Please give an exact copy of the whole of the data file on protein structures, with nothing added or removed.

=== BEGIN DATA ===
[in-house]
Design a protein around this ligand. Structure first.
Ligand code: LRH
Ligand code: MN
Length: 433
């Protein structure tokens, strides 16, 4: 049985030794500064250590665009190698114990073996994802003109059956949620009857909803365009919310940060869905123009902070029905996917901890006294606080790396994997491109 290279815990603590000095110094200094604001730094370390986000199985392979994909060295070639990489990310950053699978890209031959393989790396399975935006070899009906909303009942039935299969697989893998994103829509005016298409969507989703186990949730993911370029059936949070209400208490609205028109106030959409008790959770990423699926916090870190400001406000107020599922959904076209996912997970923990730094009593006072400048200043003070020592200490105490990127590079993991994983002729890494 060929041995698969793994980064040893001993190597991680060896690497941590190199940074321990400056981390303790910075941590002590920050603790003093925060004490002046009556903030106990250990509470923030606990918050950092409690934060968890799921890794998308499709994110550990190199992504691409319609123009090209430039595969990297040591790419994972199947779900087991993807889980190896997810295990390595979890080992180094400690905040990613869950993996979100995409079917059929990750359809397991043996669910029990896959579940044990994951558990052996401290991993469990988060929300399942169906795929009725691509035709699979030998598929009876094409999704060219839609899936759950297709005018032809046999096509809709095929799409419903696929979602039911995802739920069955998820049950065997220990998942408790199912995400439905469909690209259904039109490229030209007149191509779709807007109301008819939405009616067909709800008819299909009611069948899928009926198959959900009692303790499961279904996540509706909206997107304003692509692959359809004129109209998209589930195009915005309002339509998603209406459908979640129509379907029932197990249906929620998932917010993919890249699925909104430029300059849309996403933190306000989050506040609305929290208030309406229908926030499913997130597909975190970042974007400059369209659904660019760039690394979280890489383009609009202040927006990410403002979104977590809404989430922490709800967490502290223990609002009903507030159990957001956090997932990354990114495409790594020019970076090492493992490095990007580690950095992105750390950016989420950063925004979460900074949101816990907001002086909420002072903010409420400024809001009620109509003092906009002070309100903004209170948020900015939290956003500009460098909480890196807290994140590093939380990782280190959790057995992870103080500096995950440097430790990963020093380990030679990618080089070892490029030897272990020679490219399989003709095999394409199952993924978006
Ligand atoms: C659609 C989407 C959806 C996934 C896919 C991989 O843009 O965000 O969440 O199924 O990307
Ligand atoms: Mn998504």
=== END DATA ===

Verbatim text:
[in-house]
Design a protein around this ligand. Structure first.
Ligand code: LRH
Ligand code: MN
Length: 433
């Protein structure tokens, strides 16, 4: 049985030794500064250590665009190698114990073996994802003109059956949620009857909803365009919310940060869905123009902070029905996917901890006294606080790396994997491109 290279815990603590000095110094200094604001730094370390986000199985392979994909060295070639990489990310950053699978890209031959393989790396399975935006070899009906909303009942039935299969697989893998994103829509005016298409969507989703186990949730993911370029059936949070209400208490609205028109106030959409008790959770990423699926916090870190400001406000107020599922959904076209996912997970923990730094009593006072400048200043003070020592200490105490990127590079993991994983002729890494 060929041995698969793994980064040893001993190597991680060896690497941590190199940074321990400056981390303790910075941590002590920050603790003093925060004490002046009556903030106990250990509470923030606990918050950092409690934060968890799921890794998308499709994110550990190199992504691409319609123009090209430039595969990297040591790419994972199947779900087991993807889980190896997810295990390595979890080992180094400690905040990613869950993996979100995409079917059929990750359809397991043996669910029990896959579940044990994951558990052996401290991993469990988060929300399942169906795929009725691509035709699979030998598929009876094409999704060219839609899936759950297709005018032809046999096509809709095929799409419903696929979602039911995802739920069955998820049950065997220990998942408790199912995400439905469909690209259904039109490229030209007149191509779709807007109301008819939405009616067909709800008819299909009611069948899928009926198959959900009692303790499961279904996540509706909206997107304003692509692959359809004129109209998209589930195009915005309002339509998603209406459908979640129509379907029932197990249906929620998932917010993919890249699925909104430029300059849309996403933190306000989050506040609305929290208030309406229908926030499913997130597909975190970042974007400059369209659904660019760039690394979280890489383009609009202040927006990410403002979104977590809404989430922490709800967490502290223990609002009903507030159990957001956090997932990354990114495409790594020019970076090492493992490095990007580690950095992105750390950016989420950063925004979460900074949101816990907001002086909420002072903010409420400024809001009620109509003092906009002070309100903004209170948020900015939290956003500009460098909480890196807290994140590093939380990782280190959790057995992870103080500096995950440097430790990963020093380990030679990618080089070892490029030897272990020679490219399989003709095999394409199952993924978006
Ligand atoms: C659609 C989407 C959806 C996934 C896919 C991989 O843009 O965000 O969440 O199924 O990307
Ligand atoms: Mn998504």